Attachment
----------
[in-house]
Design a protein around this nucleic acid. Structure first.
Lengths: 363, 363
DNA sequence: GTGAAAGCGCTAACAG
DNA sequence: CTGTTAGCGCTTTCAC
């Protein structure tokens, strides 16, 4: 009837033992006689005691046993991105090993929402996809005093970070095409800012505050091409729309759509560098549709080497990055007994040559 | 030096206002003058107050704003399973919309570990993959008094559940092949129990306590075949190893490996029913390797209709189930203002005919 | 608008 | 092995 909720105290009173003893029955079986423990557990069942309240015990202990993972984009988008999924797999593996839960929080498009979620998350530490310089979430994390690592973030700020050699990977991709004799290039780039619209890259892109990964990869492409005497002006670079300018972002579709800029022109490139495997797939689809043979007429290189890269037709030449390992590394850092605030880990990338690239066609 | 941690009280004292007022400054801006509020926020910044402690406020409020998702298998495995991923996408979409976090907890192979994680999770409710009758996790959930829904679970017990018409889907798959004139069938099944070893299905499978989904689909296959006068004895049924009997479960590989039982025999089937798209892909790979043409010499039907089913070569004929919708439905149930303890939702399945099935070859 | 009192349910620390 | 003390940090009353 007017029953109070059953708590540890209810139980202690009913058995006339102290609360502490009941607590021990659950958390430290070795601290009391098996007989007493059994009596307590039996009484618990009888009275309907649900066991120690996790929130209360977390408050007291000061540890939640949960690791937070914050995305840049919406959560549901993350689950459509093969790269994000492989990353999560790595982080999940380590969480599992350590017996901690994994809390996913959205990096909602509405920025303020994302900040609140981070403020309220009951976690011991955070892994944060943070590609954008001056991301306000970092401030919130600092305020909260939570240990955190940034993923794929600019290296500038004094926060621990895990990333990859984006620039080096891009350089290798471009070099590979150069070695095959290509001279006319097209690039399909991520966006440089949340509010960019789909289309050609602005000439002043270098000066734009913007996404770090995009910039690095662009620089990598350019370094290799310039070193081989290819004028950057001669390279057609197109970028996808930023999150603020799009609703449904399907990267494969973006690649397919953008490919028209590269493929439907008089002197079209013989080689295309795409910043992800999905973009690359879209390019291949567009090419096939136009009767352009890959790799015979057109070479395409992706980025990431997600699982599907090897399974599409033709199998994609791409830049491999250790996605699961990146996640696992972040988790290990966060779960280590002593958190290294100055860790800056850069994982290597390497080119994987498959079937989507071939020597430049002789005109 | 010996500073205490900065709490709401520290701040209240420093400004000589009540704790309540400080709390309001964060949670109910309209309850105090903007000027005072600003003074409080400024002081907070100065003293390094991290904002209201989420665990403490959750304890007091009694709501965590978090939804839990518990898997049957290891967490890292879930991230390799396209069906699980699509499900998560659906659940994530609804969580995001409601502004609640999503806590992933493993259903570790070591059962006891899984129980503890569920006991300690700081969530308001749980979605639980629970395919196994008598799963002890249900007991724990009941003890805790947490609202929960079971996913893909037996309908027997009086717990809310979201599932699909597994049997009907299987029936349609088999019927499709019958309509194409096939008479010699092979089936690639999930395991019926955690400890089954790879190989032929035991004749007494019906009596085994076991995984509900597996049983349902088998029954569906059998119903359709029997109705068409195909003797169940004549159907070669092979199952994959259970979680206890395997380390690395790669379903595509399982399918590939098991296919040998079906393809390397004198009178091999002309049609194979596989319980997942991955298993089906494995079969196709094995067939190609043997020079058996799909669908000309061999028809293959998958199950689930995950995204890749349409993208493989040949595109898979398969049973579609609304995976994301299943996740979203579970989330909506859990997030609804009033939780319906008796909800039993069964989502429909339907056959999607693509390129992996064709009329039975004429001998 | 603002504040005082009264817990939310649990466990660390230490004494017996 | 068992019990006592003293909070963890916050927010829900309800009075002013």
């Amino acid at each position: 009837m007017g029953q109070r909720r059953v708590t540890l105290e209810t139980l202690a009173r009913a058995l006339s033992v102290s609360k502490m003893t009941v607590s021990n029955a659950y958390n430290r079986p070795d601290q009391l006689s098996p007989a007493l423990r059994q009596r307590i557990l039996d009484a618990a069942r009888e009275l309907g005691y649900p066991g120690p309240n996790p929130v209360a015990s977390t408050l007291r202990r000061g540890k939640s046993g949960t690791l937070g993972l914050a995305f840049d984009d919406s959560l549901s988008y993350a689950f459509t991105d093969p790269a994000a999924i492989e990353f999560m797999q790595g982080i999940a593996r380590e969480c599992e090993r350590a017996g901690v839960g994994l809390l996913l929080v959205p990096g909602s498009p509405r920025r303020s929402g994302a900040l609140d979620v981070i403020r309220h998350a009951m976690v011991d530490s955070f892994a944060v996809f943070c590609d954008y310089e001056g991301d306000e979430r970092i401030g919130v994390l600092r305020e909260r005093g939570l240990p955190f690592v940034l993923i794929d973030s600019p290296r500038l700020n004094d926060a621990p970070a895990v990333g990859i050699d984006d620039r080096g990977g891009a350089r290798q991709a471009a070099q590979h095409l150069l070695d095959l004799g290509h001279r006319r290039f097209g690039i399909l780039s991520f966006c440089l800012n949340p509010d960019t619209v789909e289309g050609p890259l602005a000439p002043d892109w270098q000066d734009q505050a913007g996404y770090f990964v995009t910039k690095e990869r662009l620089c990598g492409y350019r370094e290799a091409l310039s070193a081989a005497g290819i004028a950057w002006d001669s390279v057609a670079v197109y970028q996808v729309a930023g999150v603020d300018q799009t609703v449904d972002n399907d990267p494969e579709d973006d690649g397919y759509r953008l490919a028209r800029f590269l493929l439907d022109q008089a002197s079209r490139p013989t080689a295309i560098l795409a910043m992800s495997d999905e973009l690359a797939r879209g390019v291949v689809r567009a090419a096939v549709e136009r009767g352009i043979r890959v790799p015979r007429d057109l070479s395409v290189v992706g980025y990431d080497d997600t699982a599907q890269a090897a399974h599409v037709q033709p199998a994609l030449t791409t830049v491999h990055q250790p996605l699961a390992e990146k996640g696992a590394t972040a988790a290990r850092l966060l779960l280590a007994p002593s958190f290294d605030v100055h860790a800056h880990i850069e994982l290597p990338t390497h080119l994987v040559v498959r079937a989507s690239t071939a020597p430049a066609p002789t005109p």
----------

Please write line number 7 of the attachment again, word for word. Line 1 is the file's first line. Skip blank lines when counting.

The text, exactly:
């Amino acid at each position: 009837m007017g029953q109070r909720r059953v708590t540890l105290e209810t139980l202690a009173r009913a058995l006339s033992v102290s609360k502490m003893t009941v607590s021990n029955a659950y958390n430290r079986p070795d601290q009391l006689s098996p007989a007493l423990r059994q009596r307590i557990l039996d009484a618990a069942r009888e009275l309907g005691y649900p066991g120690p309240n996790p929130v209360a015990s977390t408050l007291r202990r000061g540890k939640s046993g949960t690791l937070g993972l914050a995305f840049d984009d919406s959560l549901s988008y993350a689950f459509t991105d093969p790269a994000a999924i492989e990353f999560m797999q790595g982080i999940a593996r380590e969480c599992e090993r350590a017996g901690v839960g994994l809390l996913l929080v959205p990096g909602s498009p509405r920025r303020s929402g994302a900040l609140d979620v981070i403020r309220h998350a009951m976690v011991d530490s955070f892994a944060v996809f943070c590609d954008y310089e001056g991301d306000e979430r970092i401030g919130v994390l600092r305020e909260r005093g939570l240990p955190f690592v940034l993923i794929d973030s600019p290296r500038l700020n004094d926060a621990p970070a895990v990333g990859i050699d984006d620039r080096g990977g891009a350089r290798q991709a471009a070099q590979h095409l150069l070695d095959l004799g290509h001279r006319r290039f097209g690039i399909l780039s991520f966006c440089l800012n949340p509010d960019t619209v789909e289309g050609p890259l602005a000439p002043d892109w270098q000066d734009q505050a913007g996404y770090f990964v995009t910039k690095e990869r662009l620089c990598g492409y350019r370094e290799a091409l310039s070193a081989a005497g290819i004028a950057w002006d001669s390279v057609a670079v197109y970028q996808v729309a930023g999150v603020d300018q799009t609703v449904d972002n399907d990267p494969e579709d973006d690649g397919y759509r953008l490919a028209r800029f590269l493929l439907d022109q008089a002197s079209r490139p013989t080689a295309i560098l795409a910043m992800s495997d999905e973009l690359a797939r879209g390019v291949v689809r567009a090419a096939v549709e136009r009767g352009i043979r890959v790799p015979r007429d057109l070479s395409v290189v992706g980025y990431d080497d997600t699982a599907q890269a090897a399974h599409v037709q033709p199998a994609l030449t791409t830049v491999h990055q250790p996605l699961a390992e990146k996640g696992a590394t972040a988790a290990r850092l966060l779960l280590a007994p002593s958190f290294d605030v100055h860790a800056h880990i850069e994982l290597p990338t390497h080119l994987v040559v498959r079937a989507s690239t071939a020597p430049a066609p002789t005109p």